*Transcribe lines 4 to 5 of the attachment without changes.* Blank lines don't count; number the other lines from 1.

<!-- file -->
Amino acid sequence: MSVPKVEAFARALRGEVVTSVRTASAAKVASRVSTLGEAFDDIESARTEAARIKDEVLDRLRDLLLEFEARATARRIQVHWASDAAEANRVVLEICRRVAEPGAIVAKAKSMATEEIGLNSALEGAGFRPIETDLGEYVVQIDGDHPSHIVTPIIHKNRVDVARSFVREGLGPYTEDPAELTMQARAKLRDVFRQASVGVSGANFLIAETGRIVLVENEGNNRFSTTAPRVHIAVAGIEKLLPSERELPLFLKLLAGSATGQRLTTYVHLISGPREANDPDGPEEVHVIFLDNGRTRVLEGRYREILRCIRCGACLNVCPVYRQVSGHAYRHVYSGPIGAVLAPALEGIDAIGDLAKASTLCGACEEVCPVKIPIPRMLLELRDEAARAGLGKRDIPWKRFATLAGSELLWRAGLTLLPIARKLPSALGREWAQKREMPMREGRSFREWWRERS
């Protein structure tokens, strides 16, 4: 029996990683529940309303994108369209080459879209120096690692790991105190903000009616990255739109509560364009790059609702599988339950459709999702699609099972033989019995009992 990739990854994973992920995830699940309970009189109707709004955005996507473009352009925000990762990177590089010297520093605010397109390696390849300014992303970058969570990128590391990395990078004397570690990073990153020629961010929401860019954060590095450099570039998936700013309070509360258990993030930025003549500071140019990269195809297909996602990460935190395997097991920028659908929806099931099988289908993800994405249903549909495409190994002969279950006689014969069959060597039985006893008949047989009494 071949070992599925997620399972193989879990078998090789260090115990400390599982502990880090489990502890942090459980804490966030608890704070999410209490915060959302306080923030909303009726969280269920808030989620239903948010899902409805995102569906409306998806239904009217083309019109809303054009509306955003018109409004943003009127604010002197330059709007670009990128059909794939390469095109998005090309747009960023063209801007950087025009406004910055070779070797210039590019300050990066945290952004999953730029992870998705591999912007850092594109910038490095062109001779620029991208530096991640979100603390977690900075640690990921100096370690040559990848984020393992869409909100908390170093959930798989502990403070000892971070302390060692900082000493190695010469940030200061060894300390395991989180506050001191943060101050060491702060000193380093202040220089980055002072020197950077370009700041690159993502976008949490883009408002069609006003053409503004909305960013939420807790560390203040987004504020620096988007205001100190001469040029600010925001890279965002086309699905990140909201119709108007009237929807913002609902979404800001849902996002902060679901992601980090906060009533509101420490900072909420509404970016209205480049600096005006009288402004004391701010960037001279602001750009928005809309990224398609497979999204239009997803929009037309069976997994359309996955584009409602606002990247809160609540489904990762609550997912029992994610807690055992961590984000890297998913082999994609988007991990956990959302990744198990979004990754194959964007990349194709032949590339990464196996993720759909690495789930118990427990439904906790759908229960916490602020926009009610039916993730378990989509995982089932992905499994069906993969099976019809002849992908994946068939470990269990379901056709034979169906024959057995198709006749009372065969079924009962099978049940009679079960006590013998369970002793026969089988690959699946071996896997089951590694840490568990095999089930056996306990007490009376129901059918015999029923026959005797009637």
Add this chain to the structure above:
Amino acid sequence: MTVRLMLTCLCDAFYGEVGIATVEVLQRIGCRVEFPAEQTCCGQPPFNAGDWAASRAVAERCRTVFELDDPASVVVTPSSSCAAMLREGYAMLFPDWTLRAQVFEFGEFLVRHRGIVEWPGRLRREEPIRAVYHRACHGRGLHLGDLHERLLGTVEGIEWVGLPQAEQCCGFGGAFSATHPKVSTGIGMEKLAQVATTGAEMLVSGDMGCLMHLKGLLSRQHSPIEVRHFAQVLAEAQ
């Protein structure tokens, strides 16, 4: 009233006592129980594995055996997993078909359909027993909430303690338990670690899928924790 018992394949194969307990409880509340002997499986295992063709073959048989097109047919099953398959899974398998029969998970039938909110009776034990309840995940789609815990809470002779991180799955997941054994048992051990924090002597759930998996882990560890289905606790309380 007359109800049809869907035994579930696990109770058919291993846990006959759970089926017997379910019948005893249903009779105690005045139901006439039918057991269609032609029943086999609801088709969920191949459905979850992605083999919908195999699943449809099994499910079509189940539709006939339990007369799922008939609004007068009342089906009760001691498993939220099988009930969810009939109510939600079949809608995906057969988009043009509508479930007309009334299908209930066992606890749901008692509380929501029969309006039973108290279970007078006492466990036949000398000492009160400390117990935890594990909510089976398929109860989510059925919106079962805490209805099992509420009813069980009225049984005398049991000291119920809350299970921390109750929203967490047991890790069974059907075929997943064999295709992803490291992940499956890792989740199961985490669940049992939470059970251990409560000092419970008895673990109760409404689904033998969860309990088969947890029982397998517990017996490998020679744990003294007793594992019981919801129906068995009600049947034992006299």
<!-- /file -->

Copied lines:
Amino acid sequence: MTVRLMLTCLCDAFYGEVGIATVEVLQRIGCRVEFPAEQTCCGQPPFNAGDWAASRAVAERCRTVFELDDPASVVVTPSSSCAAMLREGYAMLFPDWTLRAQVFEFGEFLVRHRGIVEWPGRLRREEPIRAVYHRACHGRGLHLGDLHERLLGTVEGIEWVGLPQAEQCCGFGGAFSATHPKVSTGIGMEKLAQVATTGAEMLVSGDMGCLMHLKGLLSRQHSPIEVRHFAQVLAEAQ
């Protein structure tokens, strides 16, 4: 009233006592129980594995055996997993078909359909027993909430303690338990670690899928924790 018992394949194969307990409880509340002997499986295992063709073959048989097109047919099953398959899974398998029969998970039938909110009776034990309840995940789609815990809470002779991180799955997941054994048992051990924090002597759930998996882990560890289905606790309380 007359109800049809869907035994579930696990109770058919291993846990006959759970089926017997379910019948005893249903009779105690005045139901006439039918057991269609032609029943086999609801088709969920191949459905979850992605083999919908195999699943449809099994499910079509189940539709006939339990007369799922008939609004007068009342089906009760001691498993939220099988009930969810009939109510939600079949809608995906057969988009043009509508479930007309009334299908209930066992606890749901008692509380929501029969309006039973108290279970007078006492466990036949000398000492009160400390117990935890594990909510089976398929109860989510059925919106079962805490209805099992509420009813069980009225049984005398049991000291119920809350299970921390109750929203967490047991890790069974059907075929997943064999295709992803490291992940499956890792989740199961985490669940049992939470059970251990409560000092419970008895673990109760409404689904033998969860309990088969947890029982397998517990017996490998020679744990003294007793594992019981919801129906068995009600049947034992006299």